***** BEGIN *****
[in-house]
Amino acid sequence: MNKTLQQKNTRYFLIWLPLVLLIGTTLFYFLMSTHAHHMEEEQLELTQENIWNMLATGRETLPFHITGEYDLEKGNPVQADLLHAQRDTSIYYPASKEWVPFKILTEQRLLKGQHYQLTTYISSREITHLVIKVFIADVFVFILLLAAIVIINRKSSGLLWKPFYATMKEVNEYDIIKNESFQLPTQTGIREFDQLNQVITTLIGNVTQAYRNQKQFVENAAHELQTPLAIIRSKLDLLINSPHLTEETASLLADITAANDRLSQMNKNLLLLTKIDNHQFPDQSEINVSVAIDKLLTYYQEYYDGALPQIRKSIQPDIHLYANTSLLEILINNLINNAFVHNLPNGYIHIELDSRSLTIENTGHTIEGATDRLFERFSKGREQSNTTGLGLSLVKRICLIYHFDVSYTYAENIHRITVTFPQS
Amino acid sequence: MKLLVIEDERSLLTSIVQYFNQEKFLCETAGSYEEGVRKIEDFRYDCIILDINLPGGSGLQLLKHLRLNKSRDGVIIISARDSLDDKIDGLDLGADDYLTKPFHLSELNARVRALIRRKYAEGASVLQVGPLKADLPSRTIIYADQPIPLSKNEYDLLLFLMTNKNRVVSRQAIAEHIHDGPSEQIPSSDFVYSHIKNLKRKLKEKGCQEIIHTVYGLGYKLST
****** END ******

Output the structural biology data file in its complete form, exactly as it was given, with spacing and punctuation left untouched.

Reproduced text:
[in-house]
Amino acid sequence: MNKTLQQKNTRYFLIWLPLVLLIGTTLFYFLMSTHAHHMEEEQLELTQENIWNMLATGRETLPFHITGEYDLEKGNPVQADLLHAQRDTSIYYPASKEWVPFKILTEQRLLKGQHYQLTTYISSREITHLVIKVFIADVFVFILLLAAIVIINRKSSGLLWKPFYATMKEVNEYDIIKNESFQLPTQTGIREFDQLNQVITTLIGNVTQAYRNQKQFVENAAHELQTPLAIIRSKLDLLINSPHLTEETASLLADITAANDRLSQMNKNLLLLTKIDNHQFPDQSEINVSVAIDKLLTYYQEYYDGALPQIRKSIQPDIHLYANTSLLEILINNLINNAFVHNLPNGYIHIELDSRSLTIENTGHTIEGATDRLFERFSKGREQSNTTGLGLSLVKRICLIYHFDVSYTYAENIHRITVTFPQS
Amino acid sequence: MKLLVIEDERSLLTSIVQYFNQEKFLCETAGSYEEGVRKIEDFRYDCIILDINLPGGSGLQLLKHLRLNKSRDGVIIISARDSLDDKIDGLDLGADDYLTKPFHLSELNARVRALIRRKYAEGASVLQVGPLKADLPSRTIIYADQPIPLSKNEYDLLLFLMTNKNRVVSRQAIAEHIHDGPSEQIPSSDFVYSHIKNLKRKLKEKGCQEIIHTVYGLGYKLST